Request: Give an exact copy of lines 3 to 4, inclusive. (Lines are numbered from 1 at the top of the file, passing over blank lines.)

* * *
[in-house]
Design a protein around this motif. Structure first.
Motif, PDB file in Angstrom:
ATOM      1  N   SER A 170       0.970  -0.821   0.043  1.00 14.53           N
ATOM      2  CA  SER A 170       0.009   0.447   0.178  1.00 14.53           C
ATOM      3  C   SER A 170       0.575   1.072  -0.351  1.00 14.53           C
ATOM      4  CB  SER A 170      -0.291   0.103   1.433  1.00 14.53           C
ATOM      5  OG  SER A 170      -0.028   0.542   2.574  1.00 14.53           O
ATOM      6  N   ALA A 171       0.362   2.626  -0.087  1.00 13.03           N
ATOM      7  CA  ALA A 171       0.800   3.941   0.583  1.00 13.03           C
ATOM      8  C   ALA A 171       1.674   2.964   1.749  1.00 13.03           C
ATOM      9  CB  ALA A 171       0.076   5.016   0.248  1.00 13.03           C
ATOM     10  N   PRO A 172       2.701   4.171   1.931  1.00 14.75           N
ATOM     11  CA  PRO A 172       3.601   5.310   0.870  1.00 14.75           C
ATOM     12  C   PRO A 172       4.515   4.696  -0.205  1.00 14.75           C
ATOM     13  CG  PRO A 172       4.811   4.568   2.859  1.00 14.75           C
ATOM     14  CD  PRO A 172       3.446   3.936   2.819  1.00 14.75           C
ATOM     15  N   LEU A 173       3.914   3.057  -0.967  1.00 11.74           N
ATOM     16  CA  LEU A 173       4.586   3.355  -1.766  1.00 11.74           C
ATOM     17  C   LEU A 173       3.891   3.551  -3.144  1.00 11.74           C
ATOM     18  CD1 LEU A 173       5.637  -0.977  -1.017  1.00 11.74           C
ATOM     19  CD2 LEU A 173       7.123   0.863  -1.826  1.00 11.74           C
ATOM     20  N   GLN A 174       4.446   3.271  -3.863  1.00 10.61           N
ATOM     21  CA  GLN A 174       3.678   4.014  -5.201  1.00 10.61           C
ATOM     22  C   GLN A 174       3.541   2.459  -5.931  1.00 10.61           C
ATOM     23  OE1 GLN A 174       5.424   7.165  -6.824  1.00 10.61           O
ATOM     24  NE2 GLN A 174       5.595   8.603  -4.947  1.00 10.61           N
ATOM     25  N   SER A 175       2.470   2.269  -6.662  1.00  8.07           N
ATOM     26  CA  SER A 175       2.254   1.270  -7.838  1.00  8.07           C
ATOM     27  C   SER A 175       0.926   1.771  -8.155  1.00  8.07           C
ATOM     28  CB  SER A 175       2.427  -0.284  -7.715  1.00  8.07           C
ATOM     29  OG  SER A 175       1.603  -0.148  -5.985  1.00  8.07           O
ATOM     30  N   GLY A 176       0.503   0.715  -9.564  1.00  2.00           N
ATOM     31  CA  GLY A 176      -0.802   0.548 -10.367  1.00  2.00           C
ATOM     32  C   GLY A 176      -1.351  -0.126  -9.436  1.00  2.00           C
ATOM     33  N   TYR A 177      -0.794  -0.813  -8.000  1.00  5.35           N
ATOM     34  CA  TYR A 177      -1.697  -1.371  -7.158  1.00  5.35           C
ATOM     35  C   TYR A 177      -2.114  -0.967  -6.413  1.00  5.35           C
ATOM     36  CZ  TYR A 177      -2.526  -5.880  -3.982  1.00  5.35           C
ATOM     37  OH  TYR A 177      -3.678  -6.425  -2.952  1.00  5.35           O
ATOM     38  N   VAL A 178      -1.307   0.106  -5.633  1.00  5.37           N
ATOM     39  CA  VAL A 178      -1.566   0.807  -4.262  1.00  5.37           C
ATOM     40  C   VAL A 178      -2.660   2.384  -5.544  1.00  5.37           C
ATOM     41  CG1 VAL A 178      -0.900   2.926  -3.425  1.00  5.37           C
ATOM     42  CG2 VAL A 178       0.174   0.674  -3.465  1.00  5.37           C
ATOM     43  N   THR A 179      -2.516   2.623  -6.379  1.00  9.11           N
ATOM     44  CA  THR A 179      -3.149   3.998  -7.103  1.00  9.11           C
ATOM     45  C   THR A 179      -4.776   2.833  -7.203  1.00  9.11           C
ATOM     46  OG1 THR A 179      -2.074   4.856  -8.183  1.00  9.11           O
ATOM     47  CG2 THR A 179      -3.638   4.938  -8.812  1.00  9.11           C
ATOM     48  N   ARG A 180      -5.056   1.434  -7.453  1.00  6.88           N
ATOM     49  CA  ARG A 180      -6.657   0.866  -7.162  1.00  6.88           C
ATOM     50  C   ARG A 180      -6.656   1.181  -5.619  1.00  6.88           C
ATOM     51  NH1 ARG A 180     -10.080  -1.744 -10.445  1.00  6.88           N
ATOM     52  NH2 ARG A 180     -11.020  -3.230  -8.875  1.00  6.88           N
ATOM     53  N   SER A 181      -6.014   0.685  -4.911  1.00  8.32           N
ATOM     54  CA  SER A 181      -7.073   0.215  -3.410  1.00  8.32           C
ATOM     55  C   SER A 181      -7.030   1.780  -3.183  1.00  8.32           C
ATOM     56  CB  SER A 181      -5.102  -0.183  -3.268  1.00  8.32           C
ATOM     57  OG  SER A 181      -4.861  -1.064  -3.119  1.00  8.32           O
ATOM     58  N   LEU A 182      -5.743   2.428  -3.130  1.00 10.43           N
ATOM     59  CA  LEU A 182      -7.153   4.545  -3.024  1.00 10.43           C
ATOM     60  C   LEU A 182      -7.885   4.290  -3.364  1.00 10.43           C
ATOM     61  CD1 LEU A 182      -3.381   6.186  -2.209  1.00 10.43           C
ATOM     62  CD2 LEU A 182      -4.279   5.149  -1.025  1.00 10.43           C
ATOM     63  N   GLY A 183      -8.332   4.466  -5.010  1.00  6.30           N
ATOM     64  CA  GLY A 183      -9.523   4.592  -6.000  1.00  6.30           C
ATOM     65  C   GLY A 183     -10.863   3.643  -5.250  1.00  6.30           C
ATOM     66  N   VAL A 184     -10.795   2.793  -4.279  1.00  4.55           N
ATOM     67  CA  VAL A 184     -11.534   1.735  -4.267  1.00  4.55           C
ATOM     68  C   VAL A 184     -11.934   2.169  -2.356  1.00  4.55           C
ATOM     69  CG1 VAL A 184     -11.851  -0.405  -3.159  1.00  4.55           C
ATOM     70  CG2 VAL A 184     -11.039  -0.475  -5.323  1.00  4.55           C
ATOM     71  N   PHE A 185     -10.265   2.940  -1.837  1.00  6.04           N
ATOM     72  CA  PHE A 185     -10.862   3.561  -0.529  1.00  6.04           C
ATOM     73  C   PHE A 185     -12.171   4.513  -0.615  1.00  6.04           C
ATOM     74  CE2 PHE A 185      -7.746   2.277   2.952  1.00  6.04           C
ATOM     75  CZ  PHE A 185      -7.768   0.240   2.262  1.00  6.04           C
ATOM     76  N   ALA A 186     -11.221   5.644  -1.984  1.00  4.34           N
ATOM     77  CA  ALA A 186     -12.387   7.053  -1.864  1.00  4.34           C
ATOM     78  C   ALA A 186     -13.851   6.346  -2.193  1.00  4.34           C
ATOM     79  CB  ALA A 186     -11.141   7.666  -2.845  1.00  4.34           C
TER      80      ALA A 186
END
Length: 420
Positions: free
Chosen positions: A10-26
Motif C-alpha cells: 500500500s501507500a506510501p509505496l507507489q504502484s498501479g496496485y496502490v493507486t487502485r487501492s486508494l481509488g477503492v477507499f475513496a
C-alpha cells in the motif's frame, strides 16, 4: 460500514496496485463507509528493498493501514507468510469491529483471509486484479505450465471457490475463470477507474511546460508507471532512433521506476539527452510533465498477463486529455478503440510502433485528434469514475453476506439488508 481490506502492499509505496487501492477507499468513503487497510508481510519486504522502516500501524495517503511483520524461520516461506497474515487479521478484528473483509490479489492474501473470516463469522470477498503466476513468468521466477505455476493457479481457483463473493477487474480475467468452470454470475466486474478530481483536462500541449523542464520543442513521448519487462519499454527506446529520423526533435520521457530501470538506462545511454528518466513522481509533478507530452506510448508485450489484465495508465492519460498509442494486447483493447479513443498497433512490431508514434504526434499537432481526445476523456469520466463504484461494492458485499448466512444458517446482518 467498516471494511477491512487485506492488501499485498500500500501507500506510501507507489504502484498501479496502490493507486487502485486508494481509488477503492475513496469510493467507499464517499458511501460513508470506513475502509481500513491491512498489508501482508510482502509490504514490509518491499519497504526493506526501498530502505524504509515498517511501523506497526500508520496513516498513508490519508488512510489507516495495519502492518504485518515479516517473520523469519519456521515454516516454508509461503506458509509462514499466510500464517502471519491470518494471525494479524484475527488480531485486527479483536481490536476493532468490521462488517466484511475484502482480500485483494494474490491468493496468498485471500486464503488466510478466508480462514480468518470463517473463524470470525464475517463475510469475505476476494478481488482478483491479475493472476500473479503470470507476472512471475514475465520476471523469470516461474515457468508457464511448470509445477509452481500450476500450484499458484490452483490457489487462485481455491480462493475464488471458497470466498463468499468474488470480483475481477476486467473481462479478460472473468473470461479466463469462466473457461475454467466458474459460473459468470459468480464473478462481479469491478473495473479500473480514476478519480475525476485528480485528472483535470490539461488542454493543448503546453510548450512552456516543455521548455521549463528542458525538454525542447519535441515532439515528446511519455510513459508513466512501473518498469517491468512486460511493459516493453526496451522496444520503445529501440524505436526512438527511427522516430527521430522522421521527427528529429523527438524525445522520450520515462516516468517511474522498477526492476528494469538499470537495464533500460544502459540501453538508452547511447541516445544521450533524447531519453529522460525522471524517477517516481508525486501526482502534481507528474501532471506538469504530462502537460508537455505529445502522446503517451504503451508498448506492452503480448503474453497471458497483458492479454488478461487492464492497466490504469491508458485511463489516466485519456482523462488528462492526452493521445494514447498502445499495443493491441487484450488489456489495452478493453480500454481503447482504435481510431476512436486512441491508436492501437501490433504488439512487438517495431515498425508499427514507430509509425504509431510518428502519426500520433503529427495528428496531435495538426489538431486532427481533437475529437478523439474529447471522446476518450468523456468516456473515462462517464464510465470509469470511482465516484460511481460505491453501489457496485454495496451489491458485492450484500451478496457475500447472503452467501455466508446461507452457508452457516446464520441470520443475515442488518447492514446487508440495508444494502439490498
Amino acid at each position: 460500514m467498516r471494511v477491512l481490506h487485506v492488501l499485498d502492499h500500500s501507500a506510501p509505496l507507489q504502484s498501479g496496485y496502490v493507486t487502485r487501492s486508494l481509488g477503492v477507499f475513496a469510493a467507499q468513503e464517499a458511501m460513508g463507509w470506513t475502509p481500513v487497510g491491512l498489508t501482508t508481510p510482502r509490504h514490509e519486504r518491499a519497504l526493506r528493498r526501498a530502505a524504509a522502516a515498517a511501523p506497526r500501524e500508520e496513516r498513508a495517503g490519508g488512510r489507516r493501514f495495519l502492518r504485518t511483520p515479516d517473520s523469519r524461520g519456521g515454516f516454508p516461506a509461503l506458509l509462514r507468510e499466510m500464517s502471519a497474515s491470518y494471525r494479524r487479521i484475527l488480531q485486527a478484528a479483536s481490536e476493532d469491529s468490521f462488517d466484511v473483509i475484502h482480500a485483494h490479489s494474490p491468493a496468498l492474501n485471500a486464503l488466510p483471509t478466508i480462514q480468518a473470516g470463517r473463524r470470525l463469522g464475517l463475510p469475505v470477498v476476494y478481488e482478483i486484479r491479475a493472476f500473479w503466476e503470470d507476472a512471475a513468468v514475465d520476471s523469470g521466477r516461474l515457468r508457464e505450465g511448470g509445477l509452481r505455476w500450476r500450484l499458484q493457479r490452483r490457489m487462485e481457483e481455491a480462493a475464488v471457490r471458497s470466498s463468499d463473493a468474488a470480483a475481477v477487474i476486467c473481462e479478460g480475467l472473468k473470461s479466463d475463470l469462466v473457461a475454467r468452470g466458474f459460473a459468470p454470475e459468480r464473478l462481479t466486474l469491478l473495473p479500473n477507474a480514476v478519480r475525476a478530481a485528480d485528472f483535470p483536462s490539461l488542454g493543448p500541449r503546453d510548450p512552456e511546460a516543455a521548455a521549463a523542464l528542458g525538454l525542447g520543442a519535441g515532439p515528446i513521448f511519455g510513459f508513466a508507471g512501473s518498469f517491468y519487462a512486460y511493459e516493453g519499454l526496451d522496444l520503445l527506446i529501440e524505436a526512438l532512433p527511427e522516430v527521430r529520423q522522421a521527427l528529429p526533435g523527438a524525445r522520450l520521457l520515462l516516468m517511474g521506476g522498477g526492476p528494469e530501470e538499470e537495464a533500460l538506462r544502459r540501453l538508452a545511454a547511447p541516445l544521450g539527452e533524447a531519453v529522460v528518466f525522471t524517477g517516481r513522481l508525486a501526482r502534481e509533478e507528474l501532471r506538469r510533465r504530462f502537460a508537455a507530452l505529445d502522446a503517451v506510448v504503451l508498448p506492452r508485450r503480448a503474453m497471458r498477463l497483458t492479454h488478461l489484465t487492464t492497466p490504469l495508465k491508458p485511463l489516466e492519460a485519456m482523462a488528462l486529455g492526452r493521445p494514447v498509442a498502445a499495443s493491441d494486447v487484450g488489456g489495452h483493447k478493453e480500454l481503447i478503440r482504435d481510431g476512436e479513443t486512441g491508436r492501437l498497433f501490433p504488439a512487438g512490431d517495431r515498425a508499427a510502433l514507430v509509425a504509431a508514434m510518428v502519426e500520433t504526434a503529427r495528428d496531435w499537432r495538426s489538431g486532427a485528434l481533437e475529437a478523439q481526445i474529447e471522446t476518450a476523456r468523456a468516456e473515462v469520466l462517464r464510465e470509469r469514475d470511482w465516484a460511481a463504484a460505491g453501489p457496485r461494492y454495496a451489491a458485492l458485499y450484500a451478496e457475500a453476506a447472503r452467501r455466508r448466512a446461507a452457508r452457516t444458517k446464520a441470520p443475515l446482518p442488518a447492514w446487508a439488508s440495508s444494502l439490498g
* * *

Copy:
Motif, PDB file in Angstrom:
ATOM      1  N   SER A 170       0.970  -0.821   0.043  1.00 14.53           N